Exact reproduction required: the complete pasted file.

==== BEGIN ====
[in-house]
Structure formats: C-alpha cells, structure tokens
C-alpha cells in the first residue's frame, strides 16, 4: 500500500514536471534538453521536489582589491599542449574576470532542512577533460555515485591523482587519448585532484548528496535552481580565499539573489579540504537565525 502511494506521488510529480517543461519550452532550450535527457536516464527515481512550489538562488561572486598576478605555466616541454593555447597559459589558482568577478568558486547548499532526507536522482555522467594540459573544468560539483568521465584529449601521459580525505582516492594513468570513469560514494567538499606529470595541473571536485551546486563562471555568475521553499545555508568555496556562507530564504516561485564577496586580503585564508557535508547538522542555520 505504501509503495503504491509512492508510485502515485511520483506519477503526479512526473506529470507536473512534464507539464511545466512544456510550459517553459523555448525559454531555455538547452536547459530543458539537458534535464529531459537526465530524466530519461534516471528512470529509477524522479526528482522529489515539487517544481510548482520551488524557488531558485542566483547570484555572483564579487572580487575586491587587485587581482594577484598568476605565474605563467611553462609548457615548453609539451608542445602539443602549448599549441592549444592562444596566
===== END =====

[in-house]
Structure formats: C-alpha cells, structure tokens
C-alpha cells in the first residue's frame, strides 16, 4: 500500500514536471534538453521536489582589491599542449574576470532542512577533460555515485591523482587519448585532484548528496535552481580565499539573489579540504537565525 502511494506521488510529480517543461519550452532550450535527457536516464527515481512550489538562488561572486598576478605555466616541454593555447597559459589558482568577478568558486547548499532526507536522482555522467594540459573544468560539483568521465584529449601521459580525505582516492594513468570513469560514494567538499606529470595541473571536485551546486563562471555568475521553499545555508568555496556562507530564504516561485564577496586580503585564508557535508547538522542555520 505504501509503495503504491509512492508510485502515485511520483506519477503526479512526473506529470507536473512534464507539464511545466512544456510550459517553459523555448525559454531555455538547452536547459530543458539537458534535464529531459537526465530524466530519461534516471528512470529509477524522479526528482522529489515539487517544481510548482520551488524557488531558485542566483547570484555572483564579487572580487575586491587587485587581482594577484598568476605565474605563467611553462609548457615548453609539451608542445602539443602549448599549441592549444592562444596566